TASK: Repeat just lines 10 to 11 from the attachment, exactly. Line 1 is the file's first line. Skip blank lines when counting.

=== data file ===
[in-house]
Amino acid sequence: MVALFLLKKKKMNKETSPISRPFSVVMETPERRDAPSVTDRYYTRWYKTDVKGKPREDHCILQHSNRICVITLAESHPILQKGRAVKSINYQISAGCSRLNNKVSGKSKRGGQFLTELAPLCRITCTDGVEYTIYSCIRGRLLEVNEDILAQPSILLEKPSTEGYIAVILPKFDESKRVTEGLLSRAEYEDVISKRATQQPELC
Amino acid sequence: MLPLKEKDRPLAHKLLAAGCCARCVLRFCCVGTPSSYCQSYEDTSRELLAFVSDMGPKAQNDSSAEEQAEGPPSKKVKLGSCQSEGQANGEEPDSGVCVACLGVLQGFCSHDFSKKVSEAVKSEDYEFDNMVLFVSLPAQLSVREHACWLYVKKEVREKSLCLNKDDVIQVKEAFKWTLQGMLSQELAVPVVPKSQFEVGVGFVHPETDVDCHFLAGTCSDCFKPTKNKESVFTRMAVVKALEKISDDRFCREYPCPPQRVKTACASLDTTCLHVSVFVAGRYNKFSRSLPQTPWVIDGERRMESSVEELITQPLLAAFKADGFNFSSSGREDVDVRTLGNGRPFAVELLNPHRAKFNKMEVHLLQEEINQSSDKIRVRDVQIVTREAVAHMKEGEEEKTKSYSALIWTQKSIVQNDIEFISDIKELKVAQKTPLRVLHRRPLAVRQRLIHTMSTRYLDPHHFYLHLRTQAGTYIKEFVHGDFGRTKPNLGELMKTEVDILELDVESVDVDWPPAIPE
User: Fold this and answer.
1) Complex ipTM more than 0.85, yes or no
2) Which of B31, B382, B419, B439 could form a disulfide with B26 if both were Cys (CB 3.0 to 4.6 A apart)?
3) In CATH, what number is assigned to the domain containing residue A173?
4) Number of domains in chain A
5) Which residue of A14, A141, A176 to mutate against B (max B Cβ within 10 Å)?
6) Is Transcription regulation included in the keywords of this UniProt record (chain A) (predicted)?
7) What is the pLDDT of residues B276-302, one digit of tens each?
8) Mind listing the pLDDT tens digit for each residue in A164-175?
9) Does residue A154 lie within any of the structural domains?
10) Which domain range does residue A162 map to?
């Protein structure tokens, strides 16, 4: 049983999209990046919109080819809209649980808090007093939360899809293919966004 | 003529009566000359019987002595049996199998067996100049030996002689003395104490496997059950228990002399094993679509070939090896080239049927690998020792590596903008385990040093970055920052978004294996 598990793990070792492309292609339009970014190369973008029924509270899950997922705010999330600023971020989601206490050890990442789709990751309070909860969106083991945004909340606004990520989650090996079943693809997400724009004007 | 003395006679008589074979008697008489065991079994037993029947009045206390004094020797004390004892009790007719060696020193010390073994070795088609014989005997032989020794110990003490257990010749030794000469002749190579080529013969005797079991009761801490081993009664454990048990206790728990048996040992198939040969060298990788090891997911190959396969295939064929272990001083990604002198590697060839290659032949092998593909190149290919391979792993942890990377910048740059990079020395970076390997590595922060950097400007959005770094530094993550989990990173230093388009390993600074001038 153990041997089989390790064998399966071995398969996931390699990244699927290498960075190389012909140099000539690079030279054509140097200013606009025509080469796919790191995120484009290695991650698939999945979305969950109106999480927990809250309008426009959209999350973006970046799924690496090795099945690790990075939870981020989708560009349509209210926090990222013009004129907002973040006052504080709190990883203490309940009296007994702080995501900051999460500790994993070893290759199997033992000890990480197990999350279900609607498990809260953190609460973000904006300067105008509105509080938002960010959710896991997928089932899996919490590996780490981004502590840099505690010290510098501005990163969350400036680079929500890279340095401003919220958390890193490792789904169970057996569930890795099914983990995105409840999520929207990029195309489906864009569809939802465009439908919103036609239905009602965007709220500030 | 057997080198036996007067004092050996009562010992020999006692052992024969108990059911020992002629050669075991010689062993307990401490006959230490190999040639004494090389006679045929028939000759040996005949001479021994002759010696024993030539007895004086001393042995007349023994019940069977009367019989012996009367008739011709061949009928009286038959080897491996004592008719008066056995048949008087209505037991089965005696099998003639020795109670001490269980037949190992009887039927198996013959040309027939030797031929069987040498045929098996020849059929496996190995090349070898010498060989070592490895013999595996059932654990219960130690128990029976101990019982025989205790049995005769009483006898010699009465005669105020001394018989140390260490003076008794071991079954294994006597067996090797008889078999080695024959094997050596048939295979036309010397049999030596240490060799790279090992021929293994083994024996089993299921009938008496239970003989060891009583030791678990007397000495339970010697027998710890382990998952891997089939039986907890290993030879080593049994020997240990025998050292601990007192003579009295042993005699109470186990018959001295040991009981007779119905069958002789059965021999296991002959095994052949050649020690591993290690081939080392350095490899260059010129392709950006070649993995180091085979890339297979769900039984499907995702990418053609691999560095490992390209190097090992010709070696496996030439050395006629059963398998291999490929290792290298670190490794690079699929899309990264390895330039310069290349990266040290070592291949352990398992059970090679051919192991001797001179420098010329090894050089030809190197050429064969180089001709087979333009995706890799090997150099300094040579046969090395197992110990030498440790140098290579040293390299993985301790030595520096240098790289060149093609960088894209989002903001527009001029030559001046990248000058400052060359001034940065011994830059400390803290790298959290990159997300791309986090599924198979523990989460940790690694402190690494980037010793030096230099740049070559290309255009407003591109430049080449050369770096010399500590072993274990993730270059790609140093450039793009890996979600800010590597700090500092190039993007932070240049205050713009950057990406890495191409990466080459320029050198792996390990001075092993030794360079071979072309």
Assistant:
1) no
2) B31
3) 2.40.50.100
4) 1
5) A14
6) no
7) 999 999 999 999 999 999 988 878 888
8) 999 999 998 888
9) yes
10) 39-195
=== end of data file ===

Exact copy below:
6) Is Transcription regulation included in the keywords of this UniProt record (chain A) (predicted)?
7) What is the pLDDT of residues B276-302, one digit of tens each?